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24. I demand the height of a wall, against the top of which a ladder, 26 feet long, is so placed as to stand 10 feet from the bottom of the wall.
Ans. 24 feet. 25. If the length of a building be 40 feet, and its breadth 30, what distance should it measure from corner to corner diagonally?
Ans. 50 feet. 26. Bought a quantity of goods, amounting to $26000, at 3 per cent, commission—what is my commission?
Ans. S 130. 27. A gentleman courted a young lady, and as their birth days happened together, they agreed to make that their wedding day. On the day of their marriage it happened that the gentleman's age was to that of the lady's as 3 to 2. After they had lived together 9 years, the gentleman observed that his age was then to hers as 4 to 3, and at their death the gentleman's age was to the lady's as 8 to 7-I demand their several ages at the day of their marriage, and of their death.
Ans. 27 and 18 years were their respective ages
at marriage, and 72 and 63 at their death. 28. Sold 99 yards of cloth for $600, which was at 24 per cent profit-What was the prime cost per yard?
Ans. S4.884 + 29. A may-pole there was, whose height I would know,
The sun shining clear, straight to work I did go;
Ans. 79.268 ft. + 30. If $100 be divided amongst four persons, in the proportion of }, }, }, and <; required the share of each.
Ans. $ 35.7, 260, 211, and 1734. 31. The Harrisburg Hotel and Red Lion tavern, (Harrisburg,) are on the same side of Market street, at opposite corners of Market and Third streets: directly opposite the Red Lion, is a dry goods store; I wish to know how far it is from the Harrisburg hotel to the dry goods store, admitting the breadth of Market street to be 27 yards, and Third street 18 yards.
Ans. 32.45 yds. nearly.
That method of book-keeping here treated upon, is called Single Entry. Every person in, or intended for, business, should by all means learn and understand it completely. The Day Book and Ledger are the principal books of accounts; the forms of which may be sufficiently comprehended by inspecting the following specimens.
THE DAY-BOOK. in the day-book every person is written down debtor to the things he has received from you on trust, and creditor by the things which you receive from him. The dates are placed in the middle of the page.
THE LEDGER. This is the grand book of accounts : all the several debts and credits of each particular person's accounts, which lie scattered through different parts of the day-book, are here collected together, into spaces allotted for them, and placed in such an order as will show the whole state of the account at once.
Your books being ruled in the proper form, commence with the first person who stands Dr. or Cr. in the day-book, and write his name at the head of the entry, and the contraction Dr. or Cr. in the columns assigned them, according to the following specimen ; then if the person be Dr., begin the entry with To; place the amount in the Dr. columns, and place the month and day in the same line with the article; also place the number of the page of the day-book in the column assigned it. When the person is Cr., enter it in like manner, beginning the entry with By, placing the amount in the Cr. column,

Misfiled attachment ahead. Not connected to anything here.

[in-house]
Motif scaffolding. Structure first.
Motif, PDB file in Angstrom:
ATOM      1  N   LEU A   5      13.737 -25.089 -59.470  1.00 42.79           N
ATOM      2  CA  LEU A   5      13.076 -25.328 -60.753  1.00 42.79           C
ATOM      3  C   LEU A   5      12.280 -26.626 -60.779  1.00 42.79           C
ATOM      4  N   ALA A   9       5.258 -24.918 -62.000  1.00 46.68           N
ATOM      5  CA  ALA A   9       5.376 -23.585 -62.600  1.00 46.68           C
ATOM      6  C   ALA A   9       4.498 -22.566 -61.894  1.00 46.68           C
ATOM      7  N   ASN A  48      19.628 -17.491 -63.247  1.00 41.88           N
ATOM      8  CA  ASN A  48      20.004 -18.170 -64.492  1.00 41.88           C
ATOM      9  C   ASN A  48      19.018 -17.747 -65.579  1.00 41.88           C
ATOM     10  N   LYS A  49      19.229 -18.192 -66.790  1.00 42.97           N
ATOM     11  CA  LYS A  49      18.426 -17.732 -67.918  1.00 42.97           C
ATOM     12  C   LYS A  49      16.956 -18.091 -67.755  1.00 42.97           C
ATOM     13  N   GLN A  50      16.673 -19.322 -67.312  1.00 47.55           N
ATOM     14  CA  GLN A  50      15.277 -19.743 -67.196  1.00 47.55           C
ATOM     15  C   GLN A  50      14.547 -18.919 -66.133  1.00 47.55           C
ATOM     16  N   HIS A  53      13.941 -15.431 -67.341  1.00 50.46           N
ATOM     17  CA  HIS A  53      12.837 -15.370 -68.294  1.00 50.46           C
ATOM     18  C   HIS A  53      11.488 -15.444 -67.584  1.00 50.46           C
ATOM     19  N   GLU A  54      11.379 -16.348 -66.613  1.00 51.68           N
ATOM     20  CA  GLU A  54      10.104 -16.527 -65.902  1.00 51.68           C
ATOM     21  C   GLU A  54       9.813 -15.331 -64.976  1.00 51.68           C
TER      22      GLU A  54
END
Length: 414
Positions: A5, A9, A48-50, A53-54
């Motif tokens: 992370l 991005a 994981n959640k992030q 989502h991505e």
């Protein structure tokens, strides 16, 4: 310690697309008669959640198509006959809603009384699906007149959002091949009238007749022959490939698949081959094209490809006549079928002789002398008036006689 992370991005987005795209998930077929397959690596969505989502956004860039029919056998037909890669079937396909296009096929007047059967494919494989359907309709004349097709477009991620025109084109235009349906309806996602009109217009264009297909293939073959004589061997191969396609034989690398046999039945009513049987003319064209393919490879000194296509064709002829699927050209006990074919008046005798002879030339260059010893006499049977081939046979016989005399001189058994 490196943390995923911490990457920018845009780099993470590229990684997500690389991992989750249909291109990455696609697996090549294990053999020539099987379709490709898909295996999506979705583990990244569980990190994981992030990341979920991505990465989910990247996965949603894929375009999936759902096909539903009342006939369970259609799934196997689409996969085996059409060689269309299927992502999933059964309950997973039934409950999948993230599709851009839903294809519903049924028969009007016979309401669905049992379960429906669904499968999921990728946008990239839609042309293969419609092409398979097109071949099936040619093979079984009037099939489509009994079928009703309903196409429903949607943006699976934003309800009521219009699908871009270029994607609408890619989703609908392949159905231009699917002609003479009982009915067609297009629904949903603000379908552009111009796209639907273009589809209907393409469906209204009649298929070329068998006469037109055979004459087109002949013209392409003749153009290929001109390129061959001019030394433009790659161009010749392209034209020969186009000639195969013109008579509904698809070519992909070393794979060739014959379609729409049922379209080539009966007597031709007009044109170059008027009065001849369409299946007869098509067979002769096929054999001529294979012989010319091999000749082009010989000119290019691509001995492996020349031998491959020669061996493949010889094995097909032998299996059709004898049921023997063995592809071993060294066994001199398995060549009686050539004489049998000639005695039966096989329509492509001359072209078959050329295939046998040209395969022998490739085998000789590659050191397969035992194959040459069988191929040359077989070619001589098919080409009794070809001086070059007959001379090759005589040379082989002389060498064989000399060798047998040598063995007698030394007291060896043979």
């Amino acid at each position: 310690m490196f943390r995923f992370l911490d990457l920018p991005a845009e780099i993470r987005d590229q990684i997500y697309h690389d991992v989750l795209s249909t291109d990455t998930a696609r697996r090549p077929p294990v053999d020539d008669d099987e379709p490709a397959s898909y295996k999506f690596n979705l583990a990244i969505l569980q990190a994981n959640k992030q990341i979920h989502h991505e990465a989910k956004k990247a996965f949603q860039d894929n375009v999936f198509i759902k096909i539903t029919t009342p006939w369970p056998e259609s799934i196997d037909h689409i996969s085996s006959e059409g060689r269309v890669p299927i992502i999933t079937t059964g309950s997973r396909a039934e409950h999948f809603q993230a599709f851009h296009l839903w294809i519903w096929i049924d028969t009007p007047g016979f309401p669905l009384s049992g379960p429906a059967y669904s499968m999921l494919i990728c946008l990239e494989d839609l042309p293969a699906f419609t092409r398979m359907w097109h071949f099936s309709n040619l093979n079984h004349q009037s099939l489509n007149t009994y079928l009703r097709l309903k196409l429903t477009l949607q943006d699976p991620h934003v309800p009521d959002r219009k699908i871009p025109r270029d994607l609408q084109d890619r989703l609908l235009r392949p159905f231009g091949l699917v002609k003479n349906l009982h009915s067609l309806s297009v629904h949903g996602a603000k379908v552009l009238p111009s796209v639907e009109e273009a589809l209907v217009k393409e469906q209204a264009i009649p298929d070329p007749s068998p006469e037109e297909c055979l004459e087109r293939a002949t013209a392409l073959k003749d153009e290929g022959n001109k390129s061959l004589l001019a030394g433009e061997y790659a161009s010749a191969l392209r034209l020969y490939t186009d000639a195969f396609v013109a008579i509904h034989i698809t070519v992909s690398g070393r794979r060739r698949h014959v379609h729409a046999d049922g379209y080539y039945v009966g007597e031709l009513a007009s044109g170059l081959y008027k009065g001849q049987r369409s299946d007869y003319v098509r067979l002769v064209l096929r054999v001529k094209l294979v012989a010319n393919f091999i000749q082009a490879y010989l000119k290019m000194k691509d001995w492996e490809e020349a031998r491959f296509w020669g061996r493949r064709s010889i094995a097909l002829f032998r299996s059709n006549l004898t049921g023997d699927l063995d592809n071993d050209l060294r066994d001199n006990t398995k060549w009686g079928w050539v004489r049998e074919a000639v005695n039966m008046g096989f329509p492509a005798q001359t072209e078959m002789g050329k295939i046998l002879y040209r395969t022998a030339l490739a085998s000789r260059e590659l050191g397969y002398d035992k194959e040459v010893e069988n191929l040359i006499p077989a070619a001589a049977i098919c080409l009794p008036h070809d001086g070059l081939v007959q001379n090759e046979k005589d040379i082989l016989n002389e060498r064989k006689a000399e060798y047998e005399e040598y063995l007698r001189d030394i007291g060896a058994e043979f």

and page of the day-book as before directed. Any account that consists of more than one article, should be written To or By Sundries, and the sum of the amounts in its proper column. Lastly, turn to the alphabet, and under the proper letter insert the name and number of the page of the ledger in which the entry is made, leaving a proper space under each person's name, to re eiv more accounts, if necessary. Do the same with the next entry in the day-book, and so on till all be finished, (excepting such as are marked “paid.?)
When a name occurs for which an account is already opened in the ledger, post the item or items to that account, unless the place assigned it is full; and then remove it to another page, writing at the bottom “ Transferred to,” and at the head of the page or subsequent entry, write “ Brought from," in each case placing the number of the page at the end of the words, which must be understood to have no reference to the day-book, but pertaining to the transfer only; the amount of the columns must also be cast up and transferred into the respective columns assigned them, and oppesite the words “ Brought from.” When ledger A is filled, transfer the unsettled accounts to ledger B; and so on from ledger B to C, &c. as occasion may require.
Dr. D.IC. To 16 gallons Oporto Wine, at 81 25, $ 2 50 1 12 do. White do. at 1 40, 16 80 6 do. Lisbon do. at 1 00, 6 00
4200 8 Jonathan Jenks,
Dr. To 2 pounds of Tea, at $1 25 per lb, 2 50 1 12 do. Sugar, at 10 cts.
1 20 12 do. Coffee, at 121 cts.
232 20 Matthew Twight,
Cr. 1 By 650 bushels of Lime, at 12 dolls. per hundred,|| 7800
25 do. Cotton Stripe, at 17 cts. 4 25
Apples, at 87} cts.
NEW ITALY, January 25, 1836.
Jonathan Jenks, 1 To 6 pounds of Coffee, at 13 cents,
10 do. Loaf Sugar, at 15 cts.
Dr. D.C. $0 78 1 50
27 Isaac Kling, 2 To 46 pounds of Ham, at 9 cents,
20 do. Flitch, at 7 cents
3 do. Calico, at 28 cents,
Dr. 2 To 1 barrel of Vinegar,
at 3 25, 9 75
2 Valentine Vezey,
Cr. 2 By 120 pounds of Tobacco, at 14 cts.
3 Timothy Hedge,
Cr. By 6 cords of Hickory Wood, at $2 50, 15 00 2 4 do. Oak do.
1 75, 7 00
50 do. Logwood, at 5 cts.